Nuclear crises renew regulator's relevance as agency deflects political charges.
At a dinner in Washington celebrating his mother's birthday on March 26, Nuclear Regulatory Commission Chairman Gregory Jaczko received an urgent phone call: The nuclear crisis besetting Japan required him to be at Dulles International Airport in two hours to fly across the Pacific Ocean.
Jaczko proceeded to work for more than 24 hours on little sleep with NRC teams helping stabilize the post-tsunami nuclear emergency at the Fukushima plant. Then he flew 14 hours back to Washington in time for a March 30 congressional hearing.
"It's been a challenging year, for sure, and we've had a lot of issues," he says. "But I'm tremendously proud and impressed with the way the agency has responded. You always have plans for work over the next year, but what happened in Japan caused us to reevaluate and reorganize and retrench, so some things we wanted to do won't get done. The most important thing is that our safety focus on our existing plants, our materials licensees and our field cycle facilities continues at a tremendously high level."
Despite Jaczko's priority of keeping NRC "a strong, credible regulator on nuclear safety," 2011 has been a year of scathing criticism. Some Republicans in Congress-and even some NRC officials-questioned his objectivity in implementing the Obama administration's 2009 decision to cancel long-in-the-works plans to store nuclear waste inside Yucca Mountain in Nevada.
Media investigations and a Brookings Institution study charged that NRC is in "regulatory capture," a situation in which a regulatory agency becomes dominated by the industry it is charged with overseeing, and weak on enforcement. And NRC's inspector general in June reported that some managers are offended by Jaczko's temper outbursts.
"I'm a very passionate person, and I believe strongly in what I do," Jaczko says. "Everyone has their own style and personality, but anyone who knows will say I care deeply about what I do."
The issues around Yucca Mountain "have been challenging and contentious for the country for a long time," he says. "What I continue to be proud of is having an agency where people with strong views can go to Congress and express those views. It's a hallmark of our agency. Those are the people I want at this agency. That's how we do the right thing." Passions can be equally strong among employees performing reviews of applications for nuclear licenses. "Nuclear safety is not an easy issue, and regulation requires that kind of open exchange of ideas," he says.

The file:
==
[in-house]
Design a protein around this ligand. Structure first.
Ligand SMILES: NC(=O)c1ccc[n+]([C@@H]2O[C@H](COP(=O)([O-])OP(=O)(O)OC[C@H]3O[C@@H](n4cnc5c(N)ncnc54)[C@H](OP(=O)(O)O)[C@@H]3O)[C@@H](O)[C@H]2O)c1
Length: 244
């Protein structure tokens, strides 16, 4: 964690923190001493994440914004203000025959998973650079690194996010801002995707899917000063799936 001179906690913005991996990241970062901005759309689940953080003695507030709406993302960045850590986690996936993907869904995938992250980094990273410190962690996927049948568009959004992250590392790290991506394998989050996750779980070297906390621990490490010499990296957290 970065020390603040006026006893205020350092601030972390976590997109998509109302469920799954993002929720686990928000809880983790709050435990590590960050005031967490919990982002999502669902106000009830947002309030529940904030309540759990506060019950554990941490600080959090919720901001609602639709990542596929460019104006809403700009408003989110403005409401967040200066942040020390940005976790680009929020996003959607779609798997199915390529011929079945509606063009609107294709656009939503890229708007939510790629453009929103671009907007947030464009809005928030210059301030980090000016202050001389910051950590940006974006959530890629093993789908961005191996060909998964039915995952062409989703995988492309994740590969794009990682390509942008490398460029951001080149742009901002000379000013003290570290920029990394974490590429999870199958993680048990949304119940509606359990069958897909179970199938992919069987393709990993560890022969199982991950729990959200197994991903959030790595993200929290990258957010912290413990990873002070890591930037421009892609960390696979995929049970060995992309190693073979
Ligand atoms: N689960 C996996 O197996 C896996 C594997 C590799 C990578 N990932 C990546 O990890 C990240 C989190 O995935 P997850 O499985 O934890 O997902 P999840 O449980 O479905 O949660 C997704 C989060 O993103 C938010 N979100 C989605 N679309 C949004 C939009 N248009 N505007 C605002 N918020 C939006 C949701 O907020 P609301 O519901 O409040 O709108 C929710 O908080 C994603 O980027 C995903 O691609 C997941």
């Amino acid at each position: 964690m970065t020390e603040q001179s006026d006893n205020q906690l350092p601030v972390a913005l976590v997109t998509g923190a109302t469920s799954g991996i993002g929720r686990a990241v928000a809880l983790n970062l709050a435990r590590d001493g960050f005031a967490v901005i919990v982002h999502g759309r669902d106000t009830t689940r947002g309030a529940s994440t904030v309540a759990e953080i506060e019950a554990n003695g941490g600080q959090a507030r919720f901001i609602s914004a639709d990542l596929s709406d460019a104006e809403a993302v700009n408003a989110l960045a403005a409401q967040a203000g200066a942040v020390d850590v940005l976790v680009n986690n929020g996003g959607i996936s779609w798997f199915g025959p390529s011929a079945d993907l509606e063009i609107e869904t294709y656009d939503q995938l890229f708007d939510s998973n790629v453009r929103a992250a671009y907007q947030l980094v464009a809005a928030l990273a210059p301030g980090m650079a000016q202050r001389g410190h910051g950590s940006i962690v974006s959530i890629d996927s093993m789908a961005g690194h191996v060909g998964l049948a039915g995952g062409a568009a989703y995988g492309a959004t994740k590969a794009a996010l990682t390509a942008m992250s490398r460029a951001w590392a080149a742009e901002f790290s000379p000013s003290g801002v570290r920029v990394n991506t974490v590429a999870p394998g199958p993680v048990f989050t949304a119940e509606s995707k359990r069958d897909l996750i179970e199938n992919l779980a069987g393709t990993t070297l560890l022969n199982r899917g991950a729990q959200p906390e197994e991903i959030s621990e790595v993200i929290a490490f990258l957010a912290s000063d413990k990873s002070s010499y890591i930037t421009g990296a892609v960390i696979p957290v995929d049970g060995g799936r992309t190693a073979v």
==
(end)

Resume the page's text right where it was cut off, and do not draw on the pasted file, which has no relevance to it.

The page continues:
Some see political bias in NRC's decision to end its evaluation of future prospects for the canceled Yucca project because the site is in the home state of Jaczko's former boss, Senate Democratic Majority Leader Harry Reid. Jaczko counters that the agency's focus is safety, not politics. He says NRC doesn't make the decision to build (or not build) a facility.
"The Energy Department no longer has a budget or program for Yucca Mountain so I don't think it would be a prudent use of taxpayer dollars for us to be working on a technical review for an application for a program that doesn't exist," he says.
Recent reports of low morale at NRC-which has three times been named the best agency to work for by the Partnership for Public Service-don't faze Jaczko. "As I walk through the halls and talk to people, most tell me they love working here," he says. "Those with issues tell me about them so we can make it an even better place. The NRC continues to perform at an incredibly high level, and that's a function of the fact that they come to work knowing the mission."
And the charge that America's chief nuclear regulator is in the pocket of the energy industry? "I come to work every day with 4,000 people dedicated to public health and safety," Jaczko says. "There will always be some people who think we do too much and others who think we do not do enough. It's the nature of being a regulator."